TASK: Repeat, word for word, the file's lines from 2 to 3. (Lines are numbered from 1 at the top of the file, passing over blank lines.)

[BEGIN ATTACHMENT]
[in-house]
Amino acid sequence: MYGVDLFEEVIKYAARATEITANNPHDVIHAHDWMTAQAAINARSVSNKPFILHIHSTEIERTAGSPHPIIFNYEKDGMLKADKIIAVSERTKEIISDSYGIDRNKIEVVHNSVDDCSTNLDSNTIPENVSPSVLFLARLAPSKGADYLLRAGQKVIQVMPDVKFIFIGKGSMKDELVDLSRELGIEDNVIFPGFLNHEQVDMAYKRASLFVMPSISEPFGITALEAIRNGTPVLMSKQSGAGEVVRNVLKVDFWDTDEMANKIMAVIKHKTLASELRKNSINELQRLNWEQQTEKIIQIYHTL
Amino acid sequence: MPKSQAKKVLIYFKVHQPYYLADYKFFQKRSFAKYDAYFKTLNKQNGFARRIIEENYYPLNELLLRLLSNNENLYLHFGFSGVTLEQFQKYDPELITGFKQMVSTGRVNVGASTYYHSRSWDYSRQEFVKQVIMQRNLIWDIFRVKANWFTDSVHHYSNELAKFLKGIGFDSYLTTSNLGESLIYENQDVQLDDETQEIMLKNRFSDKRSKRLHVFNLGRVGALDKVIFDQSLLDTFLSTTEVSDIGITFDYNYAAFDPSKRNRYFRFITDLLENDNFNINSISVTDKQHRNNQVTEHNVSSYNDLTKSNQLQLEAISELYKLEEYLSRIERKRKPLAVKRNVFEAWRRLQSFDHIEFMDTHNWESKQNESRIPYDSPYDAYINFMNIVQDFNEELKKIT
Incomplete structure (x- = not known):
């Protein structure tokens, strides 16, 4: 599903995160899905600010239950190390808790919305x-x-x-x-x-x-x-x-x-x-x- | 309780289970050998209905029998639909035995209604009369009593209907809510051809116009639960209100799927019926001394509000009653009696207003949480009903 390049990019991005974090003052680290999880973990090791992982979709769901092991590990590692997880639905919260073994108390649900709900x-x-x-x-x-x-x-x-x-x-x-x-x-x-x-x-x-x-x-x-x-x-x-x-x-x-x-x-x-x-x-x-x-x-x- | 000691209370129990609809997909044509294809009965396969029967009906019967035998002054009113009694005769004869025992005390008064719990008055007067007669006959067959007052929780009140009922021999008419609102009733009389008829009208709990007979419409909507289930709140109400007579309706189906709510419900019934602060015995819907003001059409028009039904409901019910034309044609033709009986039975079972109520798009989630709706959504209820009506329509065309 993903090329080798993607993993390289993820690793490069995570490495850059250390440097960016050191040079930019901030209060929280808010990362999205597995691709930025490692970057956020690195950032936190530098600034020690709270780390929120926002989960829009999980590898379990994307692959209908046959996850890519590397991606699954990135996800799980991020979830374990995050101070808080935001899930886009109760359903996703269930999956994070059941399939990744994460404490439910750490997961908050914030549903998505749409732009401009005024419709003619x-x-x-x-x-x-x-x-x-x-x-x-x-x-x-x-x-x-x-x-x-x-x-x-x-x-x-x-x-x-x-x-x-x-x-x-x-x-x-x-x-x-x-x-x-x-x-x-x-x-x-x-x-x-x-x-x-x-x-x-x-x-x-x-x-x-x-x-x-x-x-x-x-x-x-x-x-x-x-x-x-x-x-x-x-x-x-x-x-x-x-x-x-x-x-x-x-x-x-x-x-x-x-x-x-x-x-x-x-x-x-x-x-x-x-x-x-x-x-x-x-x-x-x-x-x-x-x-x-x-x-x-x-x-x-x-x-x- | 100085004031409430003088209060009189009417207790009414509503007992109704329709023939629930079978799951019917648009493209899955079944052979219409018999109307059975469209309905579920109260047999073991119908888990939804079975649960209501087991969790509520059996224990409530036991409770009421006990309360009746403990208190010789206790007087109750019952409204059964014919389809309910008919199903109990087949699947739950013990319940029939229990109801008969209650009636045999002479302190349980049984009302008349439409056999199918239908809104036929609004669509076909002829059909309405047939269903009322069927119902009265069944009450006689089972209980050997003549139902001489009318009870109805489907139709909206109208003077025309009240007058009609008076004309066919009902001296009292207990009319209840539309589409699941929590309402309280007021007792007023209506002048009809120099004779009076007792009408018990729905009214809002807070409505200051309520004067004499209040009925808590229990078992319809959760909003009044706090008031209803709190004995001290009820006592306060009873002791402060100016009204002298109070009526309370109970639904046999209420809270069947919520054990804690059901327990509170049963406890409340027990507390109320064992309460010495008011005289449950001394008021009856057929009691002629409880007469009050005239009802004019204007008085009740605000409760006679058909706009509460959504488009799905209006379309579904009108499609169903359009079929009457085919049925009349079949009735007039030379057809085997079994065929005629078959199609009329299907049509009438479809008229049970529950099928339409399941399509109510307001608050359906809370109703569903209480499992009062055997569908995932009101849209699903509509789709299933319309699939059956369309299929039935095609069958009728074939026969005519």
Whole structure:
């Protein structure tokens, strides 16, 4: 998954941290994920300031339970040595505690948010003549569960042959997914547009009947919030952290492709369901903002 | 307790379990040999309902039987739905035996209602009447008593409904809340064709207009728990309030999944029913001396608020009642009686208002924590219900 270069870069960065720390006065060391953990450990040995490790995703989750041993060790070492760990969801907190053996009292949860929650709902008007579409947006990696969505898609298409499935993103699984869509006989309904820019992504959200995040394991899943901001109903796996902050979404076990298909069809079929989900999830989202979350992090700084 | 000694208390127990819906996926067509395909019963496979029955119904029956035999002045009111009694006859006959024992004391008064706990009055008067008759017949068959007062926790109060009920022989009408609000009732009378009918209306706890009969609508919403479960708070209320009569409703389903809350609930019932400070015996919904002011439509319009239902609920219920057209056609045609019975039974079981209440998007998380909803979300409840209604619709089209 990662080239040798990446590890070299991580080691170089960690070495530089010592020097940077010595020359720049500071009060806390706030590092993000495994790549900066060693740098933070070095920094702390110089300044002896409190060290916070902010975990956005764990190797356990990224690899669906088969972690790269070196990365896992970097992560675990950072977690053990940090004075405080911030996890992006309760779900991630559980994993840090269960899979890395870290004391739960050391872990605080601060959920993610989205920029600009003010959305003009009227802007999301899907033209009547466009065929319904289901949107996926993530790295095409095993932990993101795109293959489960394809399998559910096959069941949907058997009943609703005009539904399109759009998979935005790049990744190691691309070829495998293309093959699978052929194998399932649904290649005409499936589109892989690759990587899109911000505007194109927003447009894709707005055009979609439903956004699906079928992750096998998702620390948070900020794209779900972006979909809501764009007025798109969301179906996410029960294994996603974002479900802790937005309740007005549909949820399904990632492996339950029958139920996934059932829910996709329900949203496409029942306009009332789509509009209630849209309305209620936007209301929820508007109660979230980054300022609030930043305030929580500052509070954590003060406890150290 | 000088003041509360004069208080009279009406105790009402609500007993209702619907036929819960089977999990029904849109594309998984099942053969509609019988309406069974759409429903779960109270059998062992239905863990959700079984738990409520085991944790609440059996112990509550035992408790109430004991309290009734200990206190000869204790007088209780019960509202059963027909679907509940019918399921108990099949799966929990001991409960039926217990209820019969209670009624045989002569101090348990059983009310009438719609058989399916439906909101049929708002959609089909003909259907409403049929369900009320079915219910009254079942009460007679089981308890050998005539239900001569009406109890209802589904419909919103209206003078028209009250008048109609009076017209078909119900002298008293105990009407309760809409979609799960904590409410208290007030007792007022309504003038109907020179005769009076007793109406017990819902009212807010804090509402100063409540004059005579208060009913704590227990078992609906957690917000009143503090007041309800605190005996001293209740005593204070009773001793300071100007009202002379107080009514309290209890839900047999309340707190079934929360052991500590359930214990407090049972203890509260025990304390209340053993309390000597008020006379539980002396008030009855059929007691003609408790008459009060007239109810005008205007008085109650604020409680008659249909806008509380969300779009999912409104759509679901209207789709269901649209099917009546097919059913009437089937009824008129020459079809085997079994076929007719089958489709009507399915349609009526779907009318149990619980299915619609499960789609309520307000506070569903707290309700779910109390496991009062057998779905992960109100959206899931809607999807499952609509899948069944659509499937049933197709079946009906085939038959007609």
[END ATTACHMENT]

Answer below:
Amino acid sequence: MYGVDLFEEVIKYAARATEITANNPHDVIHAHDWMTAQAAINARSVSNKPFILHIHSTEIERTAGSPHPIIFNYEKDGMLKADKIIAVSERTKEIISDSYGIDRNKIEVVHNSVDDCSTNLDSNTIPENVSPSVLFLARLAPSKGADYLLRAGQKVIQVMPDVKFIFIGKGSMKDELVDLSRELGIEDNVIFPGFLNHEQVDMAYKRASLFVMPSISEPFGITALEAIRNGTPVLMSKQSGAGEVVRNVLKVDFWDTDEMANKIMAVIKHKTLASELRKNSINELQRLNWEQQTEKIIQIYHTL
Amino acid sequence: MPKSQAKKVLIYFKVHQPYYLADYKFFQKRSFAKYDAYFKTLNKQNGFARRIIEENYYPLNELLLRLLSNNENLYLHFGFSGVTLEQFQKYDPELITGFKQMVSTGRVNVGASTYYHSRSWDYSRQEFVKQVIMQRNLIWDIFRVKANWFTDSVHHYSNELAKFLKGIGFDSYLTTSNLGESLIYENQDVQLDDETQEIMLKNRFSDKRSKRLHVFNLGRVGALDKVIFDQSLLDTFLSTTEVSDIGITFDYNYAAFDPSKRNRYFRFITDLLENDNFNINSISVTDKQHRNNQVTEHNVSSYNDLTKSNQLQLEAISELYKLEEYLSRIERKRKPLAVKRNVFEAWRRLQSFDHIEFMDTHNWESKQNESRIPYDSPYDAYINFMNIVQDFNEELKKIT